Playful propaganda: 10 early Soviet children’s books

Russian State Children's Library
Fairy stories were not welcome in the 1920s. Instead, children read about collective farming, hydraulic power and Lenin’s supremacy.

Remember tucking yourself in to bed and then reading an illustrated story about sugar processing? Yeah, me neither. However, this was par for the course for children in the Soviet Union’s early days, when talented illustrators devised ingeniously engaging and eye-catching ways of coaxing kids into the workers’ struggle.

1. The Bolshevik Hedgehog (P. Yakovlev, 1925)

This illustrated poem charts the inner forest struggle between a “worker hedgehog” and a “brutish Tsar boar.” The tyrannical boar, who prevents the hedgehog’s inter-species comrades from playing football, meets his comeuppance when the animals (led by the noble hedgehog) march through the forest chanting “Eternal freedom to the feral people,” and then depose their oppressor. Sounds familiar…

2. The First of May (A. Barto, ill. A. Deineka, 1930)

After waking up on a hot spring morning and eagerly plowing their collective farm, brothers Fedka and Aleshka get the chance to do what most kids can only dream of – head to the May Day labor parade on Red Square. Be it trains or airplanes, the boys repeatedly express their marvel at Soviet technological advancements, then hit the orphanage for a chat with the children from the All-Union Pioneer Organization and about Lenin’s life. Ah, childhood.

3. Kolka and Lenin (I. Molchanov, ill. S. Kostin, 1927)

“What are cities?” ponders Kolka as he glares out his window at the trains gone by. He knows that cities have houses the size of factories and trams that can withstand any weather, but who is to thank for all this? “Lenin – the nice old man who led us to victory,” his book tells him. Who else could it be?

That night – as if by magic, Kolka meets the wise old man, who shows him the world (or more specifically, the impressive Soviet railway system). Then in a dark turn of events, Kolka realizes that it was all a dream when he wakes up and reads in the newspaper: “LENIN IS DEAD.” All that imaginary rail travel for nothing!

4. The Jewish Collective Farm (G. Ryklina, ill. S. Boim & B. Sukhanova, 1931)

Not all heroes wear capes. Indeed, some can even be found in the local sanitary commission.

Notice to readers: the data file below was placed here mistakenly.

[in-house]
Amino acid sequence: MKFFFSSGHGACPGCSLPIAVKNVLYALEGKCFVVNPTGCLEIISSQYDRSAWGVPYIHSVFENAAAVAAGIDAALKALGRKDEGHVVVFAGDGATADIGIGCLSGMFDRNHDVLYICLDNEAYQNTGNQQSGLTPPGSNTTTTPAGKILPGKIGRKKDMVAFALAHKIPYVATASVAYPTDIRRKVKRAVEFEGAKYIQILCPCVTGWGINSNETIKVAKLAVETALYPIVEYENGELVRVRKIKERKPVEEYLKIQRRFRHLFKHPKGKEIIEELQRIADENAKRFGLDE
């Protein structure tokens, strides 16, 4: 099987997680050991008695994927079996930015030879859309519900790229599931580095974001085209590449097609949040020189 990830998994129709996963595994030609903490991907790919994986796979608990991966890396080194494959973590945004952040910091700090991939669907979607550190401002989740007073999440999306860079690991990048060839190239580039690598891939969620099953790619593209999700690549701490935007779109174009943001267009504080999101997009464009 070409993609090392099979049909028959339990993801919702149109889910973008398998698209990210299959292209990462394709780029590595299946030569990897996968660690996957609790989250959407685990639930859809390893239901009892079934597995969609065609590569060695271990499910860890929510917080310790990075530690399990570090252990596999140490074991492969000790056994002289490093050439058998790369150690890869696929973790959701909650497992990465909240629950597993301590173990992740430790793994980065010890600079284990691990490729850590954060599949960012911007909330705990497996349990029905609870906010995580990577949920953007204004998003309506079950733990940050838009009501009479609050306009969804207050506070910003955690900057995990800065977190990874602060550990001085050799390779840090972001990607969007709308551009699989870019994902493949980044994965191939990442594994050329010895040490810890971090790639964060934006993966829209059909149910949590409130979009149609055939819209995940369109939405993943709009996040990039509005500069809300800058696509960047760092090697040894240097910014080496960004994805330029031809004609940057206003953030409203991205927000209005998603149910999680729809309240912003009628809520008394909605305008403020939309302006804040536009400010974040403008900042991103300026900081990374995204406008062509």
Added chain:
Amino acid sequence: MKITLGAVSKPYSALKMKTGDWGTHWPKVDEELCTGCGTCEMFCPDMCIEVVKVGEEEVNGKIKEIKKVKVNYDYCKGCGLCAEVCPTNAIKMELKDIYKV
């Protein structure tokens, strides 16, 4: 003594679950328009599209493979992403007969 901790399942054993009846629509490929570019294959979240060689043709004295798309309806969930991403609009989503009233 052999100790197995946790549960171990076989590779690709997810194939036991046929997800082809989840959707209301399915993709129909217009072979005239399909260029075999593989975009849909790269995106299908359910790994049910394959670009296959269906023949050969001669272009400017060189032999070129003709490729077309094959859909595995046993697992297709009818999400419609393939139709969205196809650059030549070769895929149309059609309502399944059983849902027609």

That’s how local legend Yasha is talked about in this book: his hygiene-related endeavors in the council and his tractor-driving skills have all the other boys wanting to be like him. But most importantly, he longs to muck in with the peasants (which Jews were apparently not allowed to do under the Tsarist regime), and to prove that Jews can in fact plow. Yasha’s efforts are not in vain, for his apples and cucumbers soon become the envy of all the farms in the vicinity. Happy days.

5. The Five-Year Plan (A. Laptev, 1930)

Stalin's first five-year plan doesn't immediately strike you as the kind of thing children lose sleep over, but the Soviet government made a real go of making the project as aesthetically interesting as possible. Using bright colors and engaging graphs, the book hammers home the glorification of new industries, making it all look as simple and exciting as arts and crafts hour.

6. How the Beetroot Became Sugar (O. Deineko & A. Troshin, 1930)

For the Bolsheviks, it was important that children know about where their food came from. Why? Because the answer was, of course, the Soviet Union’s outstanding farming machinery. No fantasy fairytales here, literally just a step-by-step account of how beets are plowed, extracted from the ground, turned into juice and then into sugar. Enthralling stuff.

7. All About Lenin for Children (A. Krachenko, ill. B Kustodieva, 1926)

Perhaps unsurprisingly, this illustration is less a lesson in the tenets of Bolshevism, and more a sermon on how great a guy Lenin is. I mean look at him – he buys one kid a boat, he’s doing food runs for a kindergarten, and he’s even redistributing the bourgeoisie’s caviar and cocoa to kids who deserve it. He’s basically Santa Claus, but with a better moustache.

8. The Red Army Parade (A. Deineka, 1930)

One of the more abstract Soviet children’s illustrations, The Red Army Parade, uses light red and yellow colors to make it look like the Revolution is in a constant state of Indian summer. The parade’s individuals are eternally blessed doves and beaming suns, while the crowd is portrayed as a warm, inclusive and unthreatening place. Certainly one of history’s most artful ways of encouraging kids to join the army.

9. Subbotnik (M. Ruderman, ill. K. Kuznetsov, 1930)

Perhaps the two most common themes of early Soviet children’s literature are realism and reader involvement. Neither is more apparent than in The Subbotnik, which runs with the seemingly banal theme of locomotive work, but makes the reader an active participant in the construction of communism. By the end of the poem, the protagonist (depicted as a faceless child) is receiving direct orders from the boss, who needs an extra hand unloading potatoes: “Don’t look to the sides! Back up straight! Chest up! Merrier!”

For your hard work, you’re rewarded with making it home on time to a big plate of potatoes. Good job, comrade.

10. 80,000 Horses (V. Voinov, ill. B. Pokrovskogo, 1925)

There was the Emerald City, and then Sleeping Beauty’s castle – but none can compete for children’s hearts quite like the Volkhov Hydroelectric Plant. Russia’s first water-powered energy planet, located on the Neva, was immortalized by this rhyming poem which, with the help of some historical revisionism, capitalizes on the plant’s grandeur to show how “Leningrad rose from the water.” The “80,000 horses” refers not to anything animal-related (you know, the kind of thing kids like), but rather to the turbine’s horsepower.

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